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12

DERIVATIVES OF

TRIGONOMETRIC FUNCTIONS

THE DERIVATIVE of  sin x  is cos x.  To prove that, we will use the following identity:

sin A − sin B = 2 cos ½(A + B) sin ½(AB).

(Topic 20 of Trigonometry.)

Problem 1.   Use that identity to show:

sin (x + h) − sin x =

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Do the problem yourself first!

sin (x + h) − sin x = 2 cos ½(x + h + x) sin ½(x + hx)
 
  = 2 cos ½(2x + h) sin ½h
 
  =

Before going on to the derivative of sin x, however, we must prove a lemma; which is a preliminary, subsidiary theorem needed to prove a principle theorem.  That lemma requires the following identity:

   Problem 2.   Show that tan θ divided by sin θ is equal to     1   
cos θ
:
tan θ
sin θ
=    1   
cos θ
.

(See Topic 20 of Trigonometry.)

tan θ
sin θ
  =   tan θ·     1  
sin θ
  =   sin θ
cos θ
·     1  
sin θ
  =      1  
cos θ

The lemma we have to prove is discussed in Topic 14 of Trigonometry.  (Take a look at it.)  Here it is:

 

 

LEMMA.    When θ is measured in radians, then

Proof.   It is not possible to prove that by applying the usual theorems on limits (Lesson 2).  We have to go to geometry, and to the meanings of sin θ and radian measure.

Let O be the center of a unit circle, that is, a circle of radius 1;

and let θ be the first quadrant central angle BOA, measured in radians.

Then, since arc length s = rθ, and r = 1, arc BA is equal to θ.  (Topic 14 of Trigonometry.)

Draw angle B'OA equal to angle θ, thus making arc AB' equal to arc BA;

draw the straight line BB', cutting AO at P;

and draw the straight lines BC, B'C tangent to the circle.

Then

BB' < arc BAB' < BC + CB'.

Now, in that unit circle, BP = PB' = sin θ,  (Topic 17 of Trigonometry),

so that BB' = 2 sin θ;

  and BC = CB' = tan θ.  (For, tan θ =  BC
OB
 =  BC
 1 
 = BC.)

The continued inequality above therefore becomes:

2 sin θ < 2θ < 2 tan θ.

On dividing each term by 2 sin θ:

1 <     θ    
sin θ
 <     1   
cos θ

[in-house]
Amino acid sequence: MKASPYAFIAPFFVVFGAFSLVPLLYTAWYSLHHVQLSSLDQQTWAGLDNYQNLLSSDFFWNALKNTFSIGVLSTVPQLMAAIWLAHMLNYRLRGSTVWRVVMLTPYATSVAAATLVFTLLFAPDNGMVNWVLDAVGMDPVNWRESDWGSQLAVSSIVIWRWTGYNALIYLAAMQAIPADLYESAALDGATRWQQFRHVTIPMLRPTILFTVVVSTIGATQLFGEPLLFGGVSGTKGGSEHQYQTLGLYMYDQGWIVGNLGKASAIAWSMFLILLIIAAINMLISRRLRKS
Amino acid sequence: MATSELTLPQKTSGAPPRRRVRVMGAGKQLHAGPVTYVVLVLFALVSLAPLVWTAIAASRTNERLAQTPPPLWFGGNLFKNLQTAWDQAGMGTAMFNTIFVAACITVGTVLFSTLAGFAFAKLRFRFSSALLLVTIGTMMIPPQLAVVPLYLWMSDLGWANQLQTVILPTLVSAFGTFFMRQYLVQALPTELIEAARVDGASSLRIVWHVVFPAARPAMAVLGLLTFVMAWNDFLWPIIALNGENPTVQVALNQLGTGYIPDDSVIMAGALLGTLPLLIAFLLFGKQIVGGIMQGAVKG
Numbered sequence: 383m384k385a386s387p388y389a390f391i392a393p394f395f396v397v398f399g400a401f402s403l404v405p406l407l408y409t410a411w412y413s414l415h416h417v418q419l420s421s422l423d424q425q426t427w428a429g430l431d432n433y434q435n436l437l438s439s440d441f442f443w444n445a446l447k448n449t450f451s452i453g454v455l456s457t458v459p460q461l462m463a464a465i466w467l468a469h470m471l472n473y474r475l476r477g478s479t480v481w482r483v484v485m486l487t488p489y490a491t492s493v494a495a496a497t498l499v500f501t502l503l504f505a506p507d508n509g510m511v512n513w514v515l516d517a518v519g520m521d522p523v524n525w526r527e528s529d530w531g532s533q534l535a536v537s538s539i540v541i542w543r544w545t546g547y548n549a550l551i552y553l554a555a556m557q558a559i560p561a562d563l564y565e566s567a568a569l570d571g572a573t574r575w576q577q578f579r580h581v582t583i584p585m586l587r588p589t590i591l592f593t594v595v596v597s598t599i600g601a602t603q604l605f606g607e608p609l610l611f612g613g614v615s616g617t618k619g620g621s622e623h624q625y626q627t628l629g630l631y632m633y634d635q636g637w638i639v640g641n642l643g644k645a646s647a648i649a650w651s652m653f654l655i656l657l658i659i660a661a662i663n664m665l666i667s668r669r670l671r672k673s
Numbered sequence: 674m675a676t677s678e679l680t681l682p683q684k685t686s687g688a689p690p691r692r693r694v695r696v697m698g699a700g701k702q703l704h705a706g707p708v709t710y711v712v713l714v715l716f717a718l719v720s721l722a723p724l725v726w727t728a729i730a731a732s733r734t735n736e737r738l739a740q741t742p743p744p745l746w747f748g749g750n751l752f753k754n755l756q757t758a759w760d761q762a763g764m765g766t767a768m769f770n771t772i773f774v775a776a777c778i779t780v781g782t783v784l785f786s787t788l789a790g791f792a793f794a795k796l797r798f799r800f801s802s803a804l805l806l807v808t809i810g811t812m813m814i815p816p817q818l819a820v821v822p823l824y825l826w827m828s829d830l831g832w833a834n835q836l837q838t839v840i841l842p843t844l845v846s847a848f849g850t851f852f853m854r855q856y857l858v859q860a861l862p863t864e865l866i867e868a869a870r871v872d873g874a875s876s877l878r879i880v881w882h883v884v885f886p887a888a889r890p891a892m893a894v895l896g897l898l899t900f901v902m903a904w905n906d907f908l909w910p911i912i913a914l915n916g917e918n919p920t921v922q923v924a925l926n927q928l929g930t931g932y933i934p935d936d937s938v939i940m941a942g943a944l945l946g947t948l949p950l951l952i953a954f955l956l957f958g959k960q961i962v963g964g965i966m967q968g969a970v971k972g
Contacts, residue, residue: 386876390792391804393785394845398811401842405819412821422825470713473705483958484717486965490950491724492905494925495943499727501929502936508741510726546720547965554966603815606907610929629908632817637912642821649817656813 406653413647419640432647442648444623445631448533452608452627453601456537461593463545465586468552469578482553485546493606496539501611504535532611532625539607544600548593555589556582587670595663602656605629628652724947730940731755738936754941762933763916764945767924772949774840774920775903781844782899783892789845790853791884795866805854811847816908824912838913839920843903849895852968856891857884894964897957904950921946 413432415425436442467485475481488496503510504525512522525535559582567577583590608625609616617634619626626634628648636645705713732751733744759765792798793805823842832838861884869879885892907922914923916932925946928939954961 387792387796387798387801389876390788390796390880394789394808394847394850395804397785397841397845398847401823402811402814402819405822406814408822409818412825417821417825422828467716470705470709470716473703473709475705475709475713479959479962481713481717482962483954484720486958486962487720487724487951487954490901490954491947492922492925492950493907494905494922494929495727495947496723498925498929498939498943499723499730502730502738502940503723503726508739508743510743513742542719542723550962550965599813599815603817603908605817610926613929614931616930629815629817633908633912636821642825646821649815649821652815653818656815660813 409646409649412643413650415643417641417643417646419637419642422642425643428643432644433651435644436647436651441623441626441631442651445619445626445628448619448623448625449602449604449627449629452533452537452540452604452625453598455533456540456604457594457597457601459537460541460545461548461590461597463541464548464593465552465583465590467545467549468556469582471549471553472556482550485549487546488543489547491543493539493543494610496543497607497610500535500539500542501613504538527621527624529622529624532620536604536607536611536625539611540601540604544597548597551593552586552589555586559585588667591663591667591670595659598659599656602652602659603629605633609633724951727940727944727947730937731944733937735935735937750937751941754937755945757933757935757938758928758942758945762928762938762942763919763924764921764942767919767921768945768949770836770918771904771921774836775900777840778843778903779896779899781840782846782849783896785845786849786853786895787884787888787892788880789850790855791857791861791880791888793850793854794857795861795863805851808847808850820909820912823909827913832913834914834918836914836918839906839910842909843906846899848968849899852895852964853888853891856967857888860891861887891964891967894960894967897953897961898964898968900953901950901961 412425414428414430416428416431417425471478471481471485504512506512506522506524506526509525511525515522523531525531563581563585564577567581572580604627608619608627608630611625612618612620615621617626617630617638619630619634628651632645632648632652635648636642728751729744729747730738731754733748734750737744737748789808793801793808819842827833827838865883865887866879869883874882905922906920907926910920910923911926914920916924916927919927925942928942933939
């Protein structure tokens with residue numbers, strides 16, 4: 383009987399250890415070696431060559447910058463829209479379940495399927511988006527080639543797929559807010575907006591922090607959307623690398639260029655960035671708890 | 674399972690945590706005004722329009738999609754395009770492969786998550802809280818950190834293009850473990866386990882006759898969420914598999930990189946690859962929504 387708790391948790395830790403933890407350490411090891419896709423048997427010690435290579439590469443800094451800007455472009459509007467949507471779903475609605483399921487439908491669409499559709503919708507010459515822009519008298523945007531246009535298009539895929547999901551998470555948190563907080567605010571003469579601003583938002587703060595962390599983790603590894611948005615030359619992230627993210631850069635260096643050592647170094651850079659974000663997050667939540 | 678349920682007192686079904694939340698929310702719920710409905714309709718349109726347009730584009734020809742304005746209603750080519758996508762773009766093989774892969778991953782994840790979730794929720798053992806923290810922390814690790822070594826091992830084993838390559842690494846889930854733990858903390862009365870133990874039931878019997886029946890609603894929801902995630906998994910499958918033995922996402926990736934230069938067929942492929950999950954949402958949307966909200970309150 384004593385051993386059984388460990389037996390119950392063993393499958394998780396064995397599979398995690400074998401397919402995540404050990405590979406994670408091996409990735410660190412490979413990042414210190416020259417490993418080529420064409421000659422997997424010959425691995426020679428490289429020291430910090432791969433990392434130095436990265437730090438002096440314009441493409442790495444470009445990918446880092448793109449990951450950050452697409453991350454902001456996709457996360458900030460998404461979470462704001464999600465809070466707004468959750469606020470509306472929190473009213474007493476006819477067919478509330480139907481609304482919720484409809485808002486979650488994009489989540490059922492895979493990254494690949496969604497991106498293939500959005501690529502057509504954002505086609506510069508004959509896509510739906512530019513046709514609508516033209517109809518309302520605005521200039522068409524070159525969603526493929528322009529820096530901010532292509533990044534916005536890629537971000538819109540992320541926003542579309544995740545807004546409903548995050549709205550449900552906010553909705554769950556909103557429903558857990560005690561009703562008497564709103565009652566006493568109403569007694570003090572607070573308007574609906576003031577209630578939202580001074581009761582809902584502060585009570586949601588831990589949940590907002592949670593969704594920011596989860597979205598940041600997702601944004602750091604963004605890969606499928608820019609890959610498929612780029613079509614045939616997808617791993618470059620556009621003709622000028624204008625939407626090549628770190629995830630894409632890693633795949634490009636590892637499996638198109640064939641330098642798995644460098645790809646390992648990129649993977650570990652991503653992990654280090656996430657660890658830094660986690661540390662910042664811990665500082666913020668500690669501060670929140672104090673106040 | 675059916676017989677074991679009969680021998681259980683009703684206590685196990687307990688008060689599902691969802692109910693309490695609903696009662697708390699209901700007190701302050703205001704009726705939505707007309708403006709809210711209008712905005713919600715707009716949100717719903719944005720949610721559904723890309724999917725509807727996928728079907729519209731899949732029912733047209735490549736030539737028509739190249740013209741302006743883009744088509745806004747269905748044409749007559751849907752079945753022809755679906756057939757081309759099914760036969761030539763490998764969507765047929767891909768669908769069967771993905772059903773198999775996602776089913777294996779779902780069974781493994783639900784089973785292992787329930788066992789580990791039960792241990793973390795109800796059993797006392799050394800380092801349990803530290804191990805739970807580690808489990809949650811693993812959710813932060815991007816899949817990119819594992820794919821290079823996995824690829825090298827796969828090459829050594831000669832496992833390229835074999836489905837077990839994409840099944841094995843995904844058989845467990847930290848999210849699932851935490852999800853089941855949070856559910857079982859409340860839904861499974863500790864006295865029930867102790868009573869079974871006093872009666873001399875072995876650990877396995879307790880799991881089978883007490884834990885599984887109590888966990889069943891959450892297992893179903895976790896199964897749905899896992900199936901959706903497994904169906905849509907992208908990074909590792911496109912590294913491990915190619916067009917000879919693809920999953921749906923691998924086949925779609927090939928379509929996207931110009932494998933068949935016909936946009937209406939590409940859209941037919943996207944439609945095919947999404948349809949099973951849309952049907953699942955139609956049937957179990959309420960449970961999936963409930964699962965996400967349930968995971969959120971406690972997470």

.

(Problem 2.)  And on taking reciprocals, thus changing the sense:

1 >  sin θ
   θ
 > cos θ.

(Lesson 11 of Algebra, Theorem 5.)

On changing the signs, the sense changes again :

−1 < −  sin θ
   θ
 <  −cos θ,

(Lesson 11 of Algebra, Theorem 4),

and if we add 1 to each term:

0 <  1 −  sin θ
   θ
 <  1 − cos θ.

Now, as θ becomes very close to 0 (θ 0),  cos θ becomes very close to 1; therefore,  1 − cos θ  becomes very close to 0.  The expression in the middle, being less than 1 − cos θ, becomes even closer to 0 (and on the left is bounded by 0), therefore the expression in the middle will definitely approach 0.  This means:

Which is what we wanted to prove.

 

The student should keep in mind that for a variable to "approach" 0 or any limit (Definition 2.1), does not mean that the variable ever equals that limit.

The derivative of sin x

 d 
dx
  sin x  =  cos x

To prove that, we will apply the definition of the derivative (Lesson 5).  First, we will calculate the difference quotient.

sin (x + h) − sin x
              h
= ,  Problem 1,
 
  = , on dividing numerator
 and denominator by 2,
 
  =  

We will now take the limit as h 0.  But the limit of a product is equal to the product of the limits. (Lesson 2.)  And the factor on the right has the form sin θ/θ.  Therefore, according to the Lemma, as h 0
its limit is 1. Therefore,

 d 
dx
  sin x  =  cos x.

We have established the formula.

The derivative of cos x

 d 
dx
  cos x  =  −sin x

To establish that, we will use the following identity:

cos x = sin ( π
2
 − x).

A function of any angle is equal to the cofunction of its complement.

(Topic 3 of Trigonometry).

Therefore, on applying the chain rule:

We have established the formula.

The derivative of tan x

 d 
dx
  tan x = sec²x
Now, tan x sin x 
cos x
.    (Topic 20 of Trigonometry.)

Therefore according to the quotient rule:

 d 
dx
  tan x  =    d 
dx
  sin x 
cos x
 =   cos x· cos x − sin x(−sin x)
              cos²x
 
   =   cos²x + sin²x
     cos²x
 
   =      1   
cos²x
 
   =   sec²x.

We have established the formula.

Problem 3.  The derivative of cot x.    Prove:

 d 
dx
  cot x = −csc²x
 d 
dx
  cot x  =    d 
dx
  cos x 
sin x
 =   sin x(−sin x) − cosx· cos x
                sin²x
 
   =   −(sin²x + cos²x)
         sin²x
 
   =      1   
sin²x
 
   =   csc²x.

The derivative of sec x

 d 
dx
  sec x  = sec x tan x
Since  sec x    1   
cos x
 =  (cos x)−1 , then, on using the chain rule and

the general power rule:

We have established the formula.

Problem 4.  The derivative of csc x.   Prove:

 d 
dx
  csc x  =   −csc x cot x 
 d 
dx
  csc x  =    d 
dx
     1   
sin x
 =  
 
   =  
 
   =  
 
   =  
 
   =  

Example.   Calculate the derivative of sin ax².

Solution.   On applying the chain rule,

 d 
dx
sin ax²   =  cos ax²·   d 
dx
ax²   =  cos ax²·  2ax   =  2ax cos ax².

Problem 5.   Calculate these derivatives.

  a)    d 
dx
sin 5x   =  5 cos 5x
  b)    d 
dx
½ sin²x   =  sin x cos x
  c)    d 
dx
2 cos 3x   =  −6 sin 3x
  d)    d 
dx
x cos x   =  cos xx sin x
  e)    d 
dx
sin 2x cos x   =  2 cos 2x cos x − sin 2x sin x
  f)    d 
dx
tan (3x)²   =  18x sec² (3x
  g)    d 
dx
2 cot  x
2
 =  − csc² x
2
  h)    d 
dx
sec 4x  =  4 sec 4x tan 4x
  i)    d 
dx
a csc bx  =  ab csc bx cot bx
  j)    = 

Problem 6.   ABC is a right angle, and the straight line AD is rotating
so that the angle θ is increasing in the positive direction.  At what rate -- how many radians per second -- is it increasing if BC is constant at 3 cm, and AB (call it x) is decreasing at the rate of −3 cm/sec, and its length is 6 cm?

    
Therefore,
 
 
 
 
 

Next Lesson:  Derivatives of inverse trigonometric functions


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